What You Can Do I learned about electrical sensitivity the hard way. Most sufferers realize there is a link between electromagnetic field exposures (EMFs) and their condition. Since the wireless revolution, EMFs are
omnipresent. Wireless technologies like cell and cordless phones, cell towers, “smart meters,” WiFi, wireless laptops, wireless routers, and baby monitors rely on EMFs to function, as do nonwireless technologies like power lines, electrical wiring, and other electrical appliances. The first step to treating this condition is to reduce exposure to these electromagnetic fields. Avoidance and protection are the key. This might mean replacing your cordless phone with a landline, replacing your WiFi connection with an Ethernet connection, etc. But buying an EMF meter is essential. Sometimes your exposure can come from the most unlikely sources: faulty electrical wiring, games consoles, magnetic fields in your car, etc. Until you can actually see and measure the EMFs in your environment you’re going on guesswork. The mistake many electrosensitives make is to think that because they react to EMFs, that EMFs are the only culprit. EMFs have an important role to play but they are not the sole and unique cause of electrical sensitivity. I came across this revelation by chance. I had already reduced my EMF exposures to a minimum and yet my symptoms were very much present. I undertook a program of cleansing and detox and experienced a rapid improvement in my condition. I came to realize that toxins in my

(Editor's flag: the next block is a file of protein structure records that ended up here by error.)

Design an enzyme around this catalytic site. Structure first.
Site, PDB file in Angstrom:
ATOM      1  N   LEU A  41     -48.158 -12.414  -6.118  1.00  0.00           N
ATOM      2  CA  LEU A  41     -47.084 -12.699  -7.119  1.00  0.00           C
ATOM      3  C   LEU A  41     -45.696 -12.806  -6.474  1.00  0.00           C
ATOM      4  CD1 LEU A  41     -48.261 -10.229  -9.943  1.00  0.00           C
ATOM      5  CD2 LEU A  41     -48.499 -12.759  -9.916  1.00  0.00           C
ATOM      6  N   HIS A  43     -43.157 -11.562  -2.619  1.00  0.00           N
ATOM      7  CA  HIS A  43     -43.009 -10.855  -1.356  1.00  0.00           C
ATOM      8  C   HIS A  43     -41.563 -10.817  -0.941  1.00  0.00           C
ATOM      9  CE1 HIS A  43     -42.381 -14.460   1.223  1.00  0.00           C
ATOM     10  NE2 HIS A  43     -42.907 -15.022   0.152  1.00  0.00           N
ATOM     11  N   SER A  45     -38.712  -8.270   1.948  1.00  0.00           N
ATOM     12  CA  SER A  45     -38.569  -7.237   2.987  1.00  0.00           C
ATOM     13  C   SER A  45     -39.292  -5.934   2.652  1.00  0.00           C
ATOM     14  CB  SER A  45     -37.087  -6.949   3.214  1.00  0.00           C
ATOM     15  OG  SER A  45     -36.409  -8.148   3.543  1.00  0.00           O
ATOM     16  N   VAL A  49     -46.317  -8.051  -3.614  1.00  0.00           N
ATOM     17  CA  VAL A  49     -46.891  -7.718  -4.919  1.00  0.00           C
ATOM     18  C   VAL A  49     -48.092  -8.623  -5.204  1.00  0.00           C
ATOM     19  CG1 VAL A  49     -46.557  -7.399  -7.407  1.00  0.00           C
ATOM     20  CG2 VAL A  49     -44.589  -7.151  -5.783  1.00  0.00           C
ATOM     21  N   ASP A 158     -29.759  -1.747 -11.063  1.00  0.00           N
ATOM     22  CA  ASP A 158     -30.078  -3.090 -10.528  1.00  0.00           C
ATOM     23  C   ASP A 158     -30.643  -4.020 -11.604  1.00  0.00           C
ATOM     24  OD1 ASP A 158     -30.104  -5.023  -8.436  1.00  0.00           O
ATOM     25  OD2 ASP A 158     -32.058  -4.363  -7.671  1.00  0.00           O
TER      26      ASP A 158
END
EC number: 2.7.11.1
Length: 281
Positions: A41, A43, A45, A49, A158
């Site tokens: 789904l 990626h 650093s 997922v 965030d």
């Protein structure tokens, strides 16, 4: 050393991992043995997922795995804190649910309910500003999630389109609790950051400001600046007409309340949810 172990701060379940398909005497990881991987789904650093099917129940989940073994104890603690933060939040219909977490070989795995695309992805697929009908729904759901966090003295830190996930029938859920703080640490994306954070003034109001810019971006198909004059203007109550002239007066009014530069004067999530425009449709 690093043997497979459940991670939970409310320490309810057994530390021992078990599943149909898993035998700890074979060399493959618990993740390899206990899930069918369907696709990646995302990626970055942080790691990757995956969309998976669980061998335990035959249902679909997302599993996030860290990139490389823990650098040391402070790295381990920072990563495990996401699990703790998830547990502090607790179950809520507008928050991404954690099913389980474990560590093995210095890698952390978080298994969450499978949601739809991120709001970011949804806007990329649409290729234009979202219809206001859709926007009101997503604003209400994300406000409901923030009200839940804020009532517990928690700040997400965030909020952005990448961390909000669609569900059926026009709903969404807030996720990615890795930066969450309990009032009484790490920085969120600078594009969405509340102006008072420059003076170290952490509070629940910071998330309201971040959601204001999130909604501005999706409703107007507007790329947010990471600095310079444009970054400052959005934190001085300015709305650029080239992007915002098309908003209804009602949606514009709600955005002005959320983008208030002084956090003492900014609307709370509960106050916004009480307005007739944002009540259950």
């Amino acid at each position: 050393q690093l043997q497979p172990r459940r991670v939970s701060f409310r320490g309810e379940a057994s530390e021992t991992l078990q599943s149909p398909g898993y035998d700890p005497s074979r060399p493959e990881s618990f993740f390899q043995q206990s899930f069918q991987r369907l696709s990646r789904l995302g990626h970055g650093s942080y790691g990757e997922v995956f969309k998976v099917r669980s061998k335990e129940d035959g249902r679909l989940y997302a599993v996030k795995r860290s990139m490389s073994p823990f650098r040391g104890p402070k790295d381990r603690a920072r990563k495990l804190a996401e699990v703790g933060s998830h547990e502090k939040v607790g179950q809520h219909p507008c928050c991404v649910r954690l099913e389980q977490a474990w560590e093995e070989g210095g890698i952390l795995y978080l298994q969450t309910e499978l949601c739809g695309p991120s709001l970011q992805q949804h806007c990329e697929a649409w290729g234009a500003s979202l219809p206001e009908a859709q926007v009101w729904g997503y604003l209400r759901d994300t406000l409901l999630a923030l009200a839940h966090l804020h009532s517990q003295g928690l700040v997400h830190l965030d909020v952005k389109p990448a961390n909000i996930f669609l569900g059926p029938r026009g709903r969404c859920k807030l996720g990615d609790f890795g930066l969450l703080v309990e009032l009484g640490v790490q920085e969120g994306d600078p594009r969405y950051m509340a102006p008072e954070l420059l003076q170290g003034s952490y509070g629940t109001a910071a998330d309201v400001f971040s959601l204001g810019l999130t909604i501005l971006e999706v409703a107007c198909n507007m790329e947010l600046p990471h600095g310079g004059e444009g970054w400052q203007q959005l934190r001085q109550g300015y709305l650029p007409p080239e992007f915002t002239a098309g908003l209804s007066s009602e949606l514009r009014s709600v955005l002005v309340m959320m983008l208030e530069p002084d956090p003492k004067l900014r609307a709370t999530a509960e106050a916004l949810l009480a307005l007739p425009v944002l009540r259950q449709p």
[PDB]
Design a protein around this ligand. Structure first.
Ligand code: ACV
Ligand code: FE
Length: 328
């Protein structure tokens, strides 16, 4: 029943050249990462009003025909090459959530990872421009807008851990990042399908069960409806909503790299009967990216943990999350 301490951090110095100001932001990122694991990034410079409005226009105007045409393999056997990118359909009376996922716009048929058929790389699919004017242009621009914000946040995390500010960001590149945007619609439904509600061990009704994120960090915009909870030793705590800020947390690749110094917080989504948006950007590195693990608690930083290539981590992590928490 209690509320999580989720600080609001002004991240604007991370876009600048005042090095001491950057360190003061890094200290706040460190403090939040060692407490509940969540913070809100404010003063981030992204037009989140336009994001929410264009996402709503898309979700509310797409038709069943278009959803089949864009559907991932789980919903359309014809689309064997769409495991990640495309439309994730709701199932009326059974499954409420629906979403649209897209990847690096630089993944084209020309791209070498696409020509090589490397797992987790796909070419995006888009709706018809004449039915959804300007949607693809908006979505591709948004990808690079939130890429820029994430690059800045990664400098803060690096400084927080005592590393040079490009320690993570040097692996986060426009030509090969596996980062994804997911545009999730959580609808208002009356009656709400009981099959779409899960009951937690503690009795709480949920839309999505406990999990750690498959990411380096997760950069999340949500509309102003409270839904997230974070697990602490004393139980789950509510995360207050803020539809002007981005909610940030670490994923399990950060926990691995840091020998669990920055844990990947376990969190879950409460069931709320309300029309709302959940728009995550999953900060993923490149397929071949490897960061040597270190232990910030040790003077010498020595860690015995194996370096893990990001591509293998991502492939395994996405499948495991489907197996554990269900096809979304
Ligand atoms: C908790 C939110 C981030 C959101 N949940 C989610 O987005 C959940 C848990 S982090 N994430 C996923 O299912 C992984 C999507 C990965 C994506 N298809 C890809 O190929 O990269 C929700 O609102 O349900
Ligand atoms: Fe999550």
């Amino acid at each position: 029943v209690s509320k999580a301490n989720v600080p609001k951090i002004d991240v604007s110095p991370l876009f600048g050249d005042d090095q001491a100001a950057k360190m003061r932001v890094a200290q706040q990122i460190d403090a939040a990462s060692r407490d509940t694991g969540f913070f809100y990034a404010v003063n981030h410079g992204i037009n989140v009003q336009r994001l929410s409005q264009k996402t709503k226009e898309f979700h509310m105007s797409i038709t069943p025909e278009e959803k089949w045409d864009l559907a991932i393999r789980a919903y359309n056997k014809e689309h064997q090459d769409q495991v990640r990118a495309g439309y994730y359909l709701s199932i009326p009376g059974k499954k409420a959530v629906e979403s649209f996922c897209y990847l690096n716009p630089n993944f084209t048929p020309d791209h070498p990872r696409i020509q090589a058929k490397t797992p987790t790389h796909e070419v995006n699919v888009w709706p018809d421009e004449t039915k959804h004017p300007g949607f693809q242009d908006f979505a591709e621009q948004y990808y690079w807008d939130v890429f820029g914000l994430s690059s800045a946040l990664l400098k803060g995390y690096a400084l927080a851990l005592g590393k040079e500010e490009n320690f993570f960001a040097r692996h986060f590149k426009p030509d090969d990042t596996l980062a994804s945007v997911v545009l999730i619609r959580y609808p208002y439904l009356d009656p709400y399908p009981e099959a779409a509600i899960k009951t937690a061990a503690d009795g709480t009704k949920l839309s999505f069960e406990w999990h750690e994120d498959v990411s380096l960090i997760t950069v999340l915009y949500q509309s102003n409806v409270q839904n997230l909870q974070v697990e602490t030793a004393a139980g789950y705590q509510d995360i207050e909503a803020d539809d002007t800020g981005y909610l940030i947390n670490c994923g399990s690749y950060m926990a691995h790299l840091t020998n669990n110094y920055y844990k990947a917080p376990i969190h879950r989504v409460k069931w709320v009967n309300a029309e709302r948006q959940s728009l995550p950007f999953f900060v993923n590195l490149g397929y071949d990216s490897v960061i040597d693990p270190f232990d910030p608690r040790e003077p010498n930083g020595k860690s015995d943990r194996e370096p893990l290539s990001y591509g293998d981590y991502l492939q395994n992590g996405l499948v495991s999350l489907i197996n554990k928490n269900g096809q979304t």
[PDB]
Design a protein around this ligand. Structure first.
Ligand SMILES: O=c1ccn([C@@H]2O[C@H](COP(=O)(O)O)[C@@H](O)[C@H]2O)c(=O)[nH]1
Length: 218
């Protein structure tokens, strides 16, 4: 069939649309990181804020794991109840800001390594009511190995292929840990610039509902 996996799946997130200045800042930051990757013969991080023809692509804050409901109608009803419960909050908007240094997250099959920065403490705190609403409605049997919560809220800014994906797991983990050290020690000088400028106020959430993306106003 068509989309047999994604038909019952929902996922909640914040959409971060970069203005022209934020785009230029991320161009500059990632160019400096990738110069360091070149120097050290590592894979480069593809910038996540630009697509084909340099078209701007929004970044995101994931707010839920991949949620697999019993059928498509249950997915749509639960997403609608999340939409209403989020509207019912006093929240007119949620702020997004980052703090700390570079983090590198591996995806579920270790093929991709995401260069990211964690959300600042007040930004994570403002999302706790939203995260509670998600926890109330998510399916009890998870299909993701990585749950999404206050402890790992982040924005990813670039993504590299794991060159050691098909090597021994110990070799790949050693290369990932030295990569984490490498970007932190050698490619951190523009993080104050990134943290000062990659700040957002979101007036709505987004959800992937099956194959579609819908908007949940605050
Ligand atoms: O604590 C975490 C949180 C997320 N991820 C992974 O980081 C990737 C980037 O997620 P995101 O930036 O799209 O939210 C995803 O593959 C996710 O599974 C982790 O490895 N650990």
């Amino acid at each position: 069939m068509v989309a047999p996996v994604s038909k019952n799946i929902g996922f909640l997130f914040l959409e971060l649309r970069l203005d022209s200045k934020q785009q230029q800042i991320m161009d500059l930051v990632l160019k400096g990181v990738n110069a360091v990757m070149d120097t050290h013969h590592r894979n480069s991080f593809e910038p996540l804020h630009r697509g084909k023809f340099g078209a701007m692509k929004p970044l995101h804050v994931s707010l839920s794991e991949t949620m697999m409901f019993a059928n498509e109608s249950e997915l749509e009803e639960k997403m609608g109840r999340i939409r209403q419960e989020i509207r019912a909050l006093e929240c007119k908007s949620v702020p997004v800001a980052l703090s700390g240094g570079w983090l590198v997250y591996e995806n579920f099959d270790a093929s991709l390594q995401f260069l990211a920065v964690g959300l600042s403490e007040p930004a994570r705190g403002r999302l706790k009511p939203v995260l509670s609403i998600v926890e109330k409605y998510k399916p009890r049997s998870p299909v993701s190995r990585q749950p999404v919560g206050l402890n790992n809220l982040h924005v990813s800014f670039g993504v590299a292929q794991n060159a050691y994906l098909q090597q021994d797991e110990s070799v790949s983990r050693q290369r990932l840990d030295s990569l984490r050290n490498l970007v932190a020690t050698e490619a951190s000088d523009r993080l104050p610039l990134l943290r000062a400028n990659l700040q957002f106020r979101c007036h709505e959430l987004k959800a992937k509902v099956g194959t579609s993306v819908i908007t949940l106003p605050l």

system were the real problem. Reducing my EMF exposures was not going to get me better. But when I started looking at the bigger picture, at my nutritional choices, my chemical exposures, that was when I started to get the better of my condition. I recommend a whole, natural, organic diet as far as possible. Sport and exercise is also important. You don’t have to have any athletic prowess but you need to move, every day. If you can’t run then go for walks. Even five minutes to start with will be beneficial. Find a new sport, something at your level, preferably outside. Perhaps more important is managing your energy or energies. This for many people is the hardest to accept. We are in a culture where taking a pill is seen as an acceptable way of dealing with illness. Energy work gets much bad press. But nurturing feelings of love towards others and having a positive outlook are very important. Prior to becoming electrically sensitive I had never been concerned with my energies. But in retrospect my energy work was certainly the single most important element in beating electrical sensitivity.